Sweden’s Finance Minister Magdalena Andersson is on her way to being the country’s first female prime minister after she was elected on Thursday to be the leader of the country’s ruling Social Democratic Party.

However, before becoming premier, the 54-year-old, who has served as finance minister since 2014, must overcome an uncertain vote in the country’s fractured parliament, according to Bloomberg.

The country’s next election is scheduled in 10 months, and the Sweden Democrats, the country’s right-wing group, could move closer to obtaining power amid a spike in gang-related shootings and bombings, Bloomberg noted. 

If approved in parliament, Andersson would replace current Prime Minister Stefan Lofven who is stepping down after almost a decade leading his party.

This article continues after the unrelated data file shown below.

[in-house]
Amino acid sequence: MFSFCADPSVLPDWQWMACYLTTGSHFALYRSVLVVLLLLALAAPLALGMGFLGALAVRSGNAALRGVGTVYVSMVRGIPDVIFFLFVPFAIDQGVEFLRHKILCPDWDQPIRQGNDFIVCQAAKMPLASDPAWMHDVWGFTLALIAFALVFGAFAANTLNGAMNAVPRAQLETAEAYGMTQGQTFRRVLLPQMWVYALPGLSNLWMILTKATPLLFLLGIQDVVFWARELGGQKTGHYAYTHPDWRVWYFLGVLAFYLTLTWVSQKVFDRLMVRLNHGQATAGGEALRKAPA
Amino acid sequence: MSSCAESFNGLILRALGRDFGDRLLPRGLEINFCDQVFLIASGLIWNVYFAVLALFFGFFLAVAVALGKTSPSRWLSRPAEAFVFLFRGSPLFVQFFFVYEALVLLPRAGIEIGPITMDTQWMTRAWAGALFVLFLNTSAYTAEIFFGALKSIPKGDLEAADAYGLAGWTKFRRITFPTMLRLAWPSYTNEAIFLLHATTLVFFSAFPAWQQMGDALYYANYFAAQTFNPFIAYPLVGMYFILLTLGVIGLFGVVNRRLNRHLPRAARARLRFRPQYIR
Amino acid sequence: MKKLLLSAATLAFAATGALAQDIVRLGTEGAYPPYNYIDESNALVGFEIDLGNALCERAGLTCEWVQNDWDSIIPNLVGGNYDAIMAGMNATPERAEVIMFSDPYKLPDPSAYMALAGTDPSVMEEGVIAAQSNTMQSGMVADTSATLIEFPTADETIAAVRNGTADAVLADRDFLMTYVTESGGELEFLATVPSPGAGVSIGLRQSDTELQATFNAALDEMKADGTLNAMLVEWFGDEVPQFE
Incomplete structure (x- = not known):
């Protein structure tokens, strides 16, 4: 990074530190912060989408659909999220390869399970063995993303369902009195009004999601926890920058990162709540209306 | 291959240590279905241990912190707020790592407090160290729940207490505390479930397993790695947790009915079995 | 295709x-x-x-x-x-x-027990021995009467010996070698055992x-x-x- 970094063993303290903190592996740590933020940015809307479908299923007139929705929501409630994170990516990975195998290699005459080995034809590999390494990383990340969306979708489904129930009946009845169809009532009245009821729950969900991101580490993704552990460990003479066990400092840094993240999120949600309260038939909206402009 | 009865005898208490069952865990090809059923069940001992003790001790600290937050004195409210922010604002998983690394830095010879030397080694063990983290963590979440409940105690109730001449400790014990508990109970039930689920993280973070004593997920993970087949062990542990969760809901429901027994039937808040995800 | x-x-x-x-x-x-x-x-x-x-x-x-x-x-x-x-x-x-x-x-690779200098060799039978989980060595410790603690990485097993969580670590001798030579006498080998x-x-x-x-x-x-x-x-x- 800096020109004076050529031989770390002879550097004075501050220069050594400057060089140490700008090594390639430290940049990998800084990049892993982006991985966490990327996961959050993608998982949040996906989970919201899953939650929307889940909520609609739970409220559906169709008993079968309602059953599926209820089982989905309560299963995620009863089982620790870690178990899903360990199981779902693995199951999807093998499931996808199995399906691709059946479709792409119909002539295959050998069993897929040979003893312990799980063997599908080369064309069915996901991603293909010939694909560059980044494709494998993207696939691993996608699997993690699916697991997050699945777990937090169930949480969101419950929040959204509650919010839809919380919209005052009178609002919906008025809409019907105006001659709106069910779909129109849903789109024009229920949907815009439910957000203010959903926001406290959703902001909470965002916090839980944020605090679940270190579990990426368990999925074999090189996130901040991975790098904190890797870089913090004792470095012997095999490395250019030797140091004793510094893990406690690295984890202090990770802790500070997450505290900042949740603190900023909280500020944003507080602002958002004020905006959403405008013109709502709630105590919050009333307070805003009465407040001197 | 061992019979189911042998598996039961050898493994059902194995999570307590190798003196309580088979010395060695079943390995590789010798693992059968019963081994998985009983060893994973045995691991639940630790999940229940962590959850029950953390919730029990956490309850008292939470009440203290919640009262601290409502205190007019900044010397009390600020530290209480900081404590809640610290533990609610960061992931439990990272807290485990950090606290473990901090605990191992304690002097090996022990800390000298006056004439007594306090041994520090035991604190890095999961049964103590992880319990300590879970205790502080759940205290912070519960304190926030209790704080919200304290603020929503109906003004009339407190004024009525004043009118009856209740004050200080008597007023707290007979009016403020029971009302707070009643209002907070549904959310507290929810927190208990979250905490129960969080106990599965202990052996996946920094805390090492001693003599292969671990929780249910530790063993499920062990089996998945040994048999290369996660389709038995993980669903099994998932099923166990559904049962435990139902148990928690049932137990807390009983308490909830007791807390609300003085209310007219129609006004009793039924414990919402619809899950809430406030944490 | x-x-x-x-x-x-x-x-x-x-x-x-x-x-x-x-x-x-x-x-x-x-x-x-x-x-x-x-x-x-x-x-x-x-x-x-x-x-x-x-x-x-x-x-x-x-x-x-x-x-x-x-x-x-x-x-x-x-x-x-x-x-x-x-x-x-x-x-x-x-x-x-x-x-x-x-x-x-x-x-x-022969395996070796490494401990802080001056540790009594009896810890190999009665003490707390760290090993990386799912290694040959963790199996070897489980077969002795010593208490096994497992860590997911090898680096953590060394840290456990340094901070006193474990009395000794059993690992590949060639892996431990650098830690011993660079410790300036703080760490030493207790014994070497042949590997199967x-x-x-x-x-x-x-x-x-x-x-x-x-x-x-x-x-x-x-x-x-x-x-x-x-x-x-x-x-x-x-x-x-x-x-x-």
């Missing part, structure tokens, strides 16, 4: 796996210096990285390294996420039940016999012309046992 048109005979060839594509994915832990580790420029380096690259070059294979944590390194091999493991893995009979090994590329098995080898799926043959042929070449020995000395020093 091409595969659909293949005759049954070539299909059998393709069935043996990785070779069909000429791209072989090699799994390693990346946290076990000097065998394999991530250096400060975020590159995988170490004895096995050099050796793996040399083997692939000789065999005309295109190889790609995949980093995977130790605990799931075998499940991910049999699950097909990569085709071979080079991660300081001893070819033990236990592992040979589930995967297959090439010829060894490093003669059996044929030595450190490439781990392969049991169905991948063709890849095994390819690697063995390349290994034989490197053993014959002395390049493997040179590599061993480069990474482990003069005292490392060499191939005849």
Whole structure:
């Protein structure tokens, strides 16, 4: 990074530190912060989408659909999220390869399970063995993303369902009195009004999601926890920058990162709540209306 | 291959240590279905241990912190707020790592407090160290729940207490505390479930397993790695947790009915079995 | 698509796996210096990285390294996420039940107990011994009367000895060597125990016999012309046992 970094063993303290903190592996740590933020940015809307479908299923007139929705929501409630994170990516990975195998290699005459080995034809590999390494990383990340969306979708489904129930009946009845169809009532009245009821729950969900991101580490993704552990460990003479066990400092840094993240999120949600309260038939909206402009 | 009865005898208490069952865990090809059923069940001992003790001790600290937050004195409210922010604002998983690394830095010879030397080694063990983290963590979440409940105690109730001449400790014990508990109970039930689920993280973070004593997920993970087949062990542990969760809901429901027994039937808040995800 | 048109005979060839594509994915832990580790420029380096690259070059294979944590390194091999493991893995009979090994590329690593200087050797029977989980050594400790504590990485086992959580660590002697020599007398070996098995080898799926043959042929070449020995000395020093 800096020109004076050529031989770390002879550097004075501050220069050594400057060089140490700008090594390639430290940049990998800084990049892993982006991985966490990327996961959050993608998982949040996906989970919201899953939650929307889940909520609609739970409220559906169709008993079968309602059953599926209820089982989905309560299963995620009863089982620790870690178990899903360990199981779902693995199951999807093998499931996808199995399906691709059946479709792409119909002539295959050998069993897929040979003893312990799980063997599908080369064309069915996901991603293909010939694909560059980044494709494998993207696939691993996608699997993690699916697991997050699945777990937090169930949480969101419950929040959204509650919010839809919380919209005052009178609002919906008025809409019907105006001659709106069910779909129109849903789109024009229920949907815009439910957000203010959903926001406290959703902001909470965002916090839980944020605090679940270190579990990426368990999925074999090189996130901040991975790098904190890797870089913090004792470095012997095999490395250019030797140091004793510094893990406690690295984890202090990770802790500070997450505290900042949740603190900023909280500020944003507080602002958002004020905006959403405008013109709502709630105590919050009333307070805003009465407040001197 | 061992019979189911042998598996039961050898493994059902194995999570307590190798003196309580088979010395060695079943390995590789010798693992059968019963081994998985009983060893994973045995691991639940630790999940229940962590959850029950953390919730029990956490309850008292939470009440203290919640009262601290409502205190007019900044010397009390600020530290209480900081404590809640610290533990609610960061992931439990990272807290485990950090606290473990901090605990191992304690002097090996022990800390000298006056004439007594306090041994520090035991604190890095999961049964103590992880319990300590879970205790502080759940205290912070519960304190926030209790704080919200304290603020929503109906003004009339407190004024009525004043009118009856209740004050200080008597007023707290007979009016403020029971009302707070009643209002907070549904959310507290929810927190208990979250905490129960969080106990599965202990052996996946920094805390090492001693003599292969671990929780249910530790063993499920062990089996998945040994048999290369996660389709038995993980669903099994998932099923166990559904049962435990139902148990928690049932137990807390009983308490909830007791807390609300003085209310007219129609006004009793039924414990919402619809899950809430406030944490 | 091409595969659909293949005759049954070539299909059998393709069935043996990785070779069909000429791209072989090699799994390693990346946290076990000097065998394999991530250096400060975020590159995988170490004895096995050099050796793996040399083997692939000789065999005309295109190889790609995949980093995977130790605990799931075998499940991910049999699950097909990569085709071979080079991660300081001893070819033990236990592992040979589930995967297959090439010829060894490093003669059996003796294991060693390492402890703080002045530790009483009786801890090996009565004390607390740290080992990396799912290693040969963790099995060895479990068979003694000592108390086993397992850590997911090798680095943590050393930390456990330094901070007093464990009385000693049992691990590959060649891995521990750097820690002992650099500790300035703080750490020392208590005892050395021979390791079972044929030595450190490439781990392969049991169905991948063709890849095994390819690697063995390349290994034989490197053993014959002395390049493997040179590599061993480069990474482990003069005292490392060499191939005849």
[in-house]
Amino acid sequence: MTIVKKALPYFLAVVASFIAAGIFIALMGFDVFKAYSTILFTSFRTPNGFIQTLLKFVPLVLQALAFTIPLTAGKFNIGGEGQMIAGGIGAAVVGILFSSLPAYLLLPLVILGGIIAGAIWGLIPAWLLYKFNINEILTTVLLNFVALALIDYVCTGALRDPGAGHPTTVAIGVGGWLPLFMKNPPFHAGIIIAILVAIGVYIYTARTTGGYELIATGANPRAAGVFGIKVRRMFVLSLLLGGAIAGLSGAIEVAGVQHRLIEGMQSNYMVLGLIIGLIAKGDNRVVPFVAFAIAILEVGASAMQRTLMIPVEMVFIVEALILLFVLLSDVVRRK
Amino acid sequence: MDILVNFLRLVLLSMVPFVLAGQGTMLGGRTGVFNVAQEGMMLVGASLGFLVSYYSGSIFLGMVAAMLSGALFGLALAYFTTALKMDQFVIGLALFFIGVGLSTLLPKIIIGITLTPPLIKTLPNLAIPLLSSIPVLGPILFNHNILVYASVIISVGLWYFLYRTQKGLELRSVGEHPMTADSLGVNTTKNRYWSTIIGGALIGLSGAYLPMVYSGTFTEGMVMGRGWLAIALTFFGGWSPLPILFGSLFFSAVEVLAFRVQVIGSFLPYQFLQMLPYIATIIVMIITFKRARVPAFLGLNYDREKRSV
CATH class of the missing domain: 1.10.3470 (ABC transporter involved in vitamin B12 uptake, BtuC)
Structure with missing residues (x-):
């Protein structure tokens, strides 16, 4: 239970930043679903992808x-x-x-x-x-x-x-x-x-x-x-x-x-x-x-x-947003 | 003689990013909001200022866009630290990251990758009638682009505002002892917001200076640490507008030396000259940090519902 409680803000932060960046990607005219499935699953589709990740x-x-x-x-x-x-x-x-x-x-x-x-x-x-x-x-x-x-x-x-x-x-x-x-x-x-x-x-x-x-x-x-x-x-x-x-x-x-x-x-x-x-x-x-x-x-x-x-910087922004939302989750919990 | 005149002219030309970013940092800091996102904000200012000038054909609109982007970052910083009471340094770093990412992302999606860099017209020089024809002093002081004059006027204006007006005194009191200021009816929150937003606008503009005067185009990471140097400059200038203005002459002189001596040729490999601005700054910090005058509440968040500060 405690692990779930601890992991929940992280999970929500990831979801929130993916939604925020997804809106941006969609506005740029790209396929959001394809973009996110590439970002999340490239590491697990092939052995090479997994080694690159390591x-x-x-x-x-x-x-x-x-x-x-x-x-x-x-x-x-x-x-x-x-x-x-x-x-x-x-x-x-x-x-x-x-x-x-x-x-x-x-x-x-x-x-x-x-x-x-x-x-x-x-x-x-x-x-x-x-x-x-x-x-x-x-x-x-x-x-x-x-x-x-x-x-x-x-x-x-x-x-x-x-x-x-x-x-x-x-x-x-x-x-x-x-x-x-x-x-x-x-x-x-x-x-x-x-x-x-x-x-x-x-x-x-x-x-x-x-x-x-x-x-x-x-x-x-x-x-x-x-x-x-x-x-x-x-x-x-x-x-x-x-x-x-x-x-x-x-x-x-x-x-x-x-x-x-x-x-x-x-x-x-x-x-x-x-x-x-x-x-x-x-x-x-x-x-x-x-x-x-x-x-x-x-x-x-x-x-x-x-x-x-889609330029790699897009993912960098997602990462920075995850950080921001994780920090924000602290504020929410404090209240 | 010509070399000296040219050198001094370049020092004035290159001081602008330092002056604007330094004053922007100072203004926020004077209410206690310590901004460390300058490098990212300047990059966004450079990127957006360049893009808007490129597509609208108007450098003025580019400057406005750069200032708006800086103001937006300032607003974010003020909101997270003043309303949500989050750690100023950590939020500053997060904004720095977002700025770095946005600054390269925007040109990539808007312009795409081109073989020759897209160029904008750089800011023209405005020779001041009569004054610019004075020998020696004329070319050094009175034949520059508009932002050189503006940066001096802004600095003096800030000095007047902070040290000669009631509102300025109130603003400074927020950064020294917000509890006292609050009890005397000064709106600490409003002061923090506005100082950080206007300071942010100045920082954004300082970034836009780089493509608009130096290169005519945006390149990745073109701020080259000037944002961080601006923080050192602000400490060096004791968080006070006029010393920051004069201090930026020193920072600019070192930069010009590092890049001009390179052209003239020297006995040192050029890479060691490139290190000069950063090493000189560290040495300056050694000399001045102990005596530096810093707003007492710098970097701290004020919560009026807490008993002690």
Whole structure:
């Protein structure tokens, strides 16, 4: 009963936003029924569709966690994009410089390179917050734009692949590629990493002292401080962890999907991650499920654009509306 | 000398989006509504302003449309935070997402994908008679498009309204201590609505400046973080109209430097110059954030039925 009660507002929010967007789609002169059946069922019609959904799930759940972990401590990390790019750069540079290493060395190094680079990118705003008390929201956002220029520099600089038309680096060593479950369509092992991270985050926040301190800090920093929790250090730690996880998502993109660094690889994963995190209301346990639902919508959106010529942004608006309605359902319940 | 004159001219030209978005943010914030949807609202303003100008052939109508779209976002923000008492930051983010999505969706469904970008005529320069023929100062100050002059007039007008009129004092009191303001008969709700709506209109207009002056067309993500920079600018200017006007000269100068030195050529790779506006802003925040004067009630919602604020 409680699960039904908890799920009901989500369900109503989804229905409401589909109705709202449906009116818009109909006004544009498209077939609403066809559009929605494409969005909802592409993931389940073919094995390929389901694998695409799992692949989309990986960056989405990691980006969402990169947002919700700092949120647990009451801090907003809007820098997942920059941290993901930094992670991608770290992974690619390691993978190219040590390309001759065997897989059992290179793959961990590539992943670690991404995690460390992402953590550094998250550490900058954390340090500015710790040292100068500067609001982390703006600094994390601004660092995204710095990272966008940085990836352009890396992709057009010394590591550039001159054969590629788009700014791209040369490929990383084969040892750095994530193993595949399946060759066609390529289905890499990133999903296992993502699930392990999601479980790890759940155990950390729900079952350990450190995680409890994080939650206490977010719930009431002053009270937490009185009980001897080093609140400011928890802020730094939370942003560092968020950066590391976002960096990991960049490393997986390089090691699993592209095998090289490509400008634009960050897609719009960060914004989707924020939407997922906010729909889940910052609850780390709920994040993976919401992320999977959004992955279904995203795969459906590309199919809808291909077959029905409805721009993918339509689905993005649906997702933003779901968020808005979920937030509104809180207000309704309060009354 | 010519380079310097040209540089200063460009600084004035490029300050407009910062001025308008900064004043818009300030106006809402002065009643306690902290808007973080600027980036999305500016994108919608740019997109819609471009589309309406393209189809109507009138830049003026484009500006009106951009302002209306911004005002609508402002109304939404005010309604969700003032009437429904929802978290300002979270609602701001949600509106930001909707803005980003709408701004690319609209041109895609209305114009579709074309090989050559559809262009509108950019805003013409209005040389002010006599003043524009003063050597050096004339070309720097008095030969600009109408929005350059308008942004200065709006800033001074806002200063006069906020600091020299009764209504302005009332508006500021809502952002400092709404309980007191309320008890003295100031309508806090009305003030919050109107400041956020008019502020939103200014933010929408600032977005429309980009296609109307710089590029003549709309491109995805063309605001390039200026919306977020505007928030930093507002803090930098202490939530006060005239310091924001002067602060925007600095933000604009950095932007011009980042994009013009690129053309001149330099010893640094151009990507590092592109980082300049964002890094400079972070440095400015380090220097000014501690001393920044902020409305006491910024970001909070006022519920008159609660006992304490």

Bloomberg reported that Andersson’s goals include improving education, health care and elderly care “under democratic control.” She added that she would like to see Sweden take initiative in leading resolutions to address climate issues as well as to segregation and violence.

However, Andersson could face challenges given intra-party conflicts about spending surrounding climate initiatives and the country’s welfare system.

Some within her party have called for a separate budget to allow for increased spending to address the issues. Andersson has objected to that notion, and the leader, who refers to herself as Europe’s most frugal finance minister, has advocated in favor of changing accounting methods as opposed to allocating additional resources, Bloomberg added.